In the eighth week of lockdown, and having not ventured any further than the top of our drive, I was running out of things to do. I have never been bored - and don’t even understand the concept - but was beginning to fear that I might have to… so I fired up my trusty computer and began to do some serious housework on it.
If you are anything like me, your computer will have all sorts of stuff going back for years, much of which you will have forgotten, and some of which you really should have deleted, stuff which makes you cringe when you now open it.
That said, there will be other stuff. Hey, I ask myself, is the following little homily one of mine, or did I lift it without attribution from the work of AN Other? Either is possible, but I’d like to think that it’s one of mine. It hit my computer on the 22 August 2018. The following Tuesday, according to my diary, the Gospel reading was Matthew 23:23-26, and I was celebrant and preacher somewhere in East Wivelshire.
If we look through the Gospels, we find lots of examples of Jesus “having a go” at the Pharisees. In Matthew’s Gospel (ch.23), as well as other issues, Jesus touches on two areas which in my view are relevant to our Christian living today. First, he attacks the mentality of those who are sticklers for tiny details of ritual or doctrine while ignoring the fundamental issues of justice, compassion and good faith. The Mosaic Law levied a tithe on agricultural produce. Some rabbis scrupulously applied the law to the most insignificant of plants. Ridiculous, we might say – but that’s what they did.
A strict Pharisee too would carefully filter his drinking water in case he might swallow a small insect, which would be regarded as unclean. But, in being so careful of such silly bits, he might well overlook matters of much deeper importance. Jesus is not criticising a conscientious carrying out of rules and regulations. It is the attitude of hypocritical moral superiority which concerns him.
One can also meet practising Christians in 2020 who tie themselves in knots trying to observe the pettiest of regulations and can end up becoming shackled by so-called scruples. What is more, they can be highly critical of others whom they regard as ‘lax’. As just one example: folk who are more worried about not having fasted appropriately before Communion than focusing on what the wider implications of taking part in the Eucharist really means.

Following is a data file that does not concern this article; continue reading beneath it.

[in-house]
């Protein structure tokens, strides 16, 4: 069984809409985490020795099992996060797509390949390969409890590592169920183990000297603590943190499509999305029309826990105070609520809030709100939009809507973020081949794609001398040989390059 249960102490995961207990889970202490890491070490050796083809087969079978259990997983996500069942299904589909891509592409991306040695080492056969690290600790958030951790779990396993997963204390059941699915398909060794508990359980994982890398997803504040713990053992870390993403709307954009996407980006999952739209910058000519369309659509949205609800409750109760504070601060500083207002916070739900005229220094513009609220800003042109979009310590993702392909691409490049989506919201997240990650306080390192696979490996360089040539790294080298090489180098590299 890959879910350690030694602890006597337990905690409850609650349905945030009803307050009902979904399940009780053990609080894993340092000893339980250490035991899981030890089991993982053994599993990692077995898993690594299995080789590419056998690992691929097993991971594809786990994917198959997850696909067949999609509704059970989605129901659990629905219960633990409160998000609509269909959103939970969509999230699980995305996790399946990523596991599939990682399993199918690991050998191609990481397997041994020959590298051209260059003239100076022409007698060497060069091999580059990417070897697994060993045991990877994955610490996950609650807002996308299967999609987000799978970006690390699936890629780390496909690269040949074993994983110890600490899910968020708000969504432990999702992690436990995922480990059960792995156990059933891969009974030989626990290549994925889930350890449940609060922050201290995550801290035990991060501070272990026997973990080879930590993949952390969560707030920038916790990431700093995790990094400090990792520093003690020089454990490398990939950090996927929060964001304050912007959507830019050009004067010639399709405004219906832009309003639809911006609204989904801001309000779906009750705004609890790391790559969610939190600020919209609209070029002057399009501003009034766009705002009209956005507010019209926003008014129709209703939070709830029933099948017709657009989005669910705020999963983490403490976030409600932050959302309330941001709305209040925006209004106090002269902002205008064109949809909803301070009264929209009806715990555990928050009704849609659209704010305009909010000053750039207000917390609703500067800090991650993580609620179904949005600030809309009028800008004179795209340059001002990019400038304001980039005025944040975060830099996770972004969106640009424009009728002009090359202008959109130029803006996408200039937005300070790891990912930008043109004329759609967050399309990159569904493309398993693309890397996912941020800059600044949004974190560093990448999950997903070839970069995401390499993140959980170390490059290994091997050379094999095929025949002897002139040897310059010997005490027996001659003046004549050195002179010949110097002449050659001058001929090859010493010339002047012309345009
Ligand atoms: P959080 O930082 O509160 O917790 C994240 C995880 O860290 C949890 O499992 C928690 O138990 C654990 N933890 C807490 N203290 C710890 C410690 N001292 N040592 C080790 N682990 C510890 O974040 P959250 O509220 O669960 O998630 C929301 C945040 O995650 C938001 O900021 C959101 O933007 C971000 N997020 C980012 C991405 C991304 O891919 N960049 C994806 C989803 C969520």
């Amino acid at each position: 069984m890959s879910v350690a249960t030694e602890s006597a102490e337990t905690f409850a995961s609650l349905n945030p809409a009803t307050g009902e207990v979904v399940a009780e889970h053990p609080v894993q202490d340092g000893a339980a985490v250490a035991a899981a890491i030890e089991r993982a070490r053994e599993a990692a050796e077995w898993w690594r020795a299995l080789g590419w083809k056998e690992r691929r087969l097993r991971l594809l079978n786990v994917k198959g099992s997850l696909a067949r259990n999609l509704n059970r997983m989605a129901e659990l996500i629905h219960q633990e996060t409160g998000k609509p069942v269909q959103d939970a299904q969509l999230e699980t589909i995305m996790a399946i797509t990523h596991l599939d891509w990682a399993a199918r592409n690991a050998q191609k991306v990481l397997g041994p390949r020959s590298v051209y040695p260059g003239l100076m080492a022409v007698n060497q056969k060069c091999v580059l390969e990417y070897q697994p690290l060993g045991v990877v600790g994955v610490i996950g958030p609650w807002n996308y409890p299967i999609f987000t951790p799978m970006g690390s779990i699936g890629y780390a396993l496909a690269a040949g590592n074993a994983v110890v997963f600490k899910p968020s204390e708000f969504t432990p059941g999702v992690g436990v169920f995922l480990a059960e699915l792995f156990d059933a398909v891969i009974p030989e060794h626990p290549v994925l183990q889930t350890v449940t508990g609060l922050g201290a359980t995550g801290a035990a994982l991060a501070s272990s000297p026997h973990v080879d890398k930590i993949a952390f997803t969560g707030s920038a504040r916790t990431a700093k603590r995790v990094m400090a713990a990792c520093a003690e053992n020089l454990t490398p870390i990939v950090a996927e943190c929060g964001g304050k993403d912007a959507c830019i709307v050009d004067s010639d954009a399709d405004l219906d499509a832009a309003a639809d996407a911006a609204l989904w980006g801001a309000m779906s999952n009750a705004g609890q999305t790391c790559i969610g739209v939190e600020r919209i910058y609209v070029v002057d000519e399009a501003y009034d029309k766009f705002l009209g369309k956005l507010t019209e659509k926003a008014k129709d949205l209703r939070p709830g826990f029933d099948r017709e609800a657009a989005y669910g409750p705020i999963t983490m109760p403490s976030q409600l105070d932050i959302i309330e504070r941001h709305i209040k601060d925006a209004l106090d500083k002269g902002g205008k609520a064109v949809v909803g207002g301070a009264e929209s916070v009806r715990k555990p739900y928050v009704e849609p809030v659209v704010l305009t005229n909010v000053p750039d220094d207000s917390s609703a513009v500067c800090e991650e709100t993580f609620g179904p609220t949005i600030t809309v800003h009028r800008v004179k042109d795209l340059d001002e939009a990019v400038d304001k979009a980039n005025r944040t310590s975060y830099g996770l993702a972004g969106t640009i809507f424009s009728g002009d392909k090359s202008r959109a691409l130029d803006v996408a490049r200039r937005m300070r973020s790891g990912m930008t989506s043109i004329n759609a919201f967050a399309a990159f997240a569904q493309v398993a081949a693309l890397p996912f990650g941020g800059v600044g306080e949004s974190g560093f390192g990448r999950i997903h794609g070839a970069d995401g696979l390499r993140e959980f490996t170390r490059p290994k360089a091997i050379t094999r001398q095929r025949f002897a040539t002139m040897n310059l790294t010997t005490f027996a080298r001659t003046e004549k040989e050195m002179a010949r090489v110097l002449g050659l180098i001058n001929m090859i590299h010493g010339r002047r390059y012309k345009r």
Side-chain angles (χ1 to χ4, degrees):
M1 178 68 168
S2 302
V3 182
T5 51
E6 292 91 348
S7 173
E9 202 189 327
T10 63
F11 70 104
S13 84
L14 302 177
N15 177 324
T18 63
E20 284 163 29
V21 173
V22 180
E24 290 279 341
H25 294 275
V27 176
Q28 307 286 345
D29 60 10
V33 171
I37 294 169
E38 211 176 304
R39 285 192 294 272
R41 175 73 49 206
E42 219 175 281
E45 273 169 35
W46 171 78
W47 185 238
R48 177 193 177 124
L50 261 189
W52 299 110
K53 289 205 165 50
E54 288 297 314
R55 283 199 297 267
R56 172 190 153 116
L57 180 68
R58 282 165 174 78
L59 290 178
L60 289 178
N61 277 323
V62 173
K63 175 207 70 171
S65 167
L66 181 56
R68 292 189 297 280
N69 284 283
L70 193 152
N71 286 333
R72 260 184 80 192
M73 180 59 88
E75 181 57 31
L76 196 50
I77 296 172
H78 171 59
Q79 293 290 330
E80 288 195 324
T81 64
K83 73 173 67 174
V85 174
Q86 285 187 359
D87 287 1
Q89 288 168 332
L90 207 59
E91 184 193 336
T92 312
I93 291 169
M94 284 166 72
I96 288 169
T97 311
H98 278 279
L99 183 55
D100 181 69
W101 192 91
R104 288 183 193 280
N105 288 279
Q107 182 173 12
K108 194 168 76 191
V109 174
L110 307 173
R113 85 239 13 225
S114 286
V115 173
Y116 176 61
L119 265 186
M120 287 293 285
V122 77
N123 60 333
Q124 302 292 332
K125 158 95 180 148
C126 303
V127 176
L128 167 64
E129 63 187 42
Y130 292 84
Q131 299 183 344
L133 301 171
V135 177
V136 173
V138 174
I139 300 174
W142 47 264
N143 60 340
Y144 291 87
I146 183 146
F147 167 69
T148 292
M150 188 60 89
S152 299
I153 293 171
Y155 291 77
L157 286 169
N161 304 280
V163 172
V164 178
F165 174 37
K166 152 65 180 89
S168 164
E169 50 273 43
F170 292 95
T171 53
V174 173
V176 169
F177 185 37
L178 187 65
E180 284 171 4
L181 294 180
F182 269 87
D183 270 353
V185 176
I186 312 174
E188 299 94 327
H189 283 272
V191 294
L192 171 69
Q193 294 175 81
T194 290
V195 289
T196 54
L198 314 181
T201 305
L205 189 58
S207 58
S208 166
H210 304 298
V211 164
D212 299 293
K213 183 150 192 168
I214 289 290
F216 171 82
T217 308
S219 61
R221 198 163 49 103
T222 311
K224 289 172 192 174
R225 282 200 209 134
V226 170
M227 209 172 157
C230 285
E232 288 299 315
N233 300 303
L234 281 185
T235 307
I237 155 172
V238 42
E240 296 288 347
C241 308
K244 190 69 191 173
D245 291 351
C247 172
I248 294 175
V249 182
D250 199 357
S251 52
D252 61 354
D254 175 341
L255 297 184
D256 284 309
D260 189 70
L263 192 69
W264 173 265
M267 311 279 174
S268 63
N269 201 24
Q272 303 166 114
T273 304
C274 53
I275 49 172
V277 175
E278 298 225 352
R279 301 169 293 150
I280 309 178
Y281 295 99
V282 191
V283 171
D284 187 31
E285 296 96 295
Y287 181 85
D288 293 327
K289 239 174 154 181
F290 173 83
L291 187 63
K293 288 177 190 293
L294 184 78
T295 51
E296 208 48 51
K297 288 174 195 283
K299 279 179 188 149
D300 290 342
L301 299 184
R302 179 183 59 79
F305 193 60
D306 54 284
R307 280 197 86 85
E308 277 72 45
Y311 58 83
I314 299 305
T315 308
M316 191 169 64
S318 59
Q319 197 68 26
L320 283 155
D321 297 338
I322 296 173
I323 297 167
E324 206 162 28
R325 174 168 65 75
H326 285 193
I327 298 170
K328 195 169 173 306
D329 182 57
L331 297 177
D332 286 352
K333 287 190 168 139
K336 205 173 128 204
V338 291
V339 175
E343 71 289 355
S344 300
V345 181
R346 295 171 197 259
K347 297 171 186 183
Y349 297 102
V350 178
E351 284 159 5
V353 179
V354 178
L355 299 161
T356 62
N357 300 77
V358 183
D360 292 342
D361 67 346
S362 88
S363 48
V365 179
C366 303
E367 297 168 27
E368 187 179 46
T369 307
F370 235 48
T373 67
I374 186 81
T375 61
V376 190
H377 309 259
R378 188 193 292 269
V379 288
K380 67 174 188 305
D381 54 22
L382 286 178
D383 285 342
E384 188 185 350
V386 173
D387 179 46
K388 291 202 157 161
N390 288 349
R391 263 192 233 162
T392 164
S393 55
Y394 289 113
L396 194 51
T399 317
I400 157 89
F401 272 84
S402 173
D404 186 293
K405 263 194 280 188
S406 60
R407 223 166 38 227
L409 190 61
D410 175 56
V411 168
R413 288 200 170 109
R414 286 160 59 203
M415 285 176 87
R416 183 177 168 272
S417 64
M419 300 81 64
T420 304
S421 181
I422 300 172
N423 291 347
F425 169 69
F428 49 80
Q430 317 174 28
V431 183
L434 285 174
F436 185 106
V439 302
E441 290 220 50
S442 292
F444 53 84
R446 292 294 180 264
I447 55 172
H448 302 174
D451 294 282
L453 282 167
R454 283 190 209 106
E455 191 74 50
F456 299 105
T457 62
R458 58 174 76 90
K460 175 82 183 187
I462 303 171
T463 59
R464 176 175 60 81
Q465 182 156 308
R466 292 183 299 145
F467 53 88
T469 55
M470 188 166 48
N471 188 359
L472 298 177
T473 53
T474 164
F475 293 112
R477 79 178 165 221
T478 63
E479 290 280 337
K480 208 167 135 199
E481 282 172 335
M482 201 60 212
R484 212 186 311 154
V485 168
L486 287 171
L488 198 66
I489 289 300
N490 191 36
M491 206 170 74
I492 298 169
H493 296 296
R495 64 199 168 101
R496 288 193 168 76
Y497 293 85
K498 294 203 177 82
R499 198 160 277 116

The second point that Jesus makes is to criticise those who concentrate on the tiniest details of external behaviour while totally ignoring the inner spirit.
There are certain Christians who speak and write at length about all the things that are not being “done right” in our Anglican Church, in its liturgy, and who claim for themselves a level of doctrinal and moral orthodoxy to which even Canterbury does not attain. Sometimes even Justin Welby does not come up to their expectations. The poor fellow just can’t win, whatever he does!
What is striking about these folk is the almost total absence of a sense of love and compassion in their writings and actions. They are only interested in “truth” and “orthodoxy” as if these things could exist outside of the nitty-gritty of human living. They can be more concerned about the tiniest rubrical details of the liturgy than about the Eucharist as truly a sacrament of a loving community prayerfully centred on the Person of Christ.
On the outside, their behaviour is impeccable but inside there is a total lack of a true Gospel spirit, the spirit of love and integrity, of compassion and a sense of justice for all. Instead, there can be a heart full of self-righteousness, criticism, anger, resentment, contempt for those who do not think the same, all cloaked in this outer veneer of moral and ritual rectitude.
These two attitudes are closely related and all of us can be touched by them in one degree or another. Let him or her who has never criticised another fellow-Christian cast the first stone!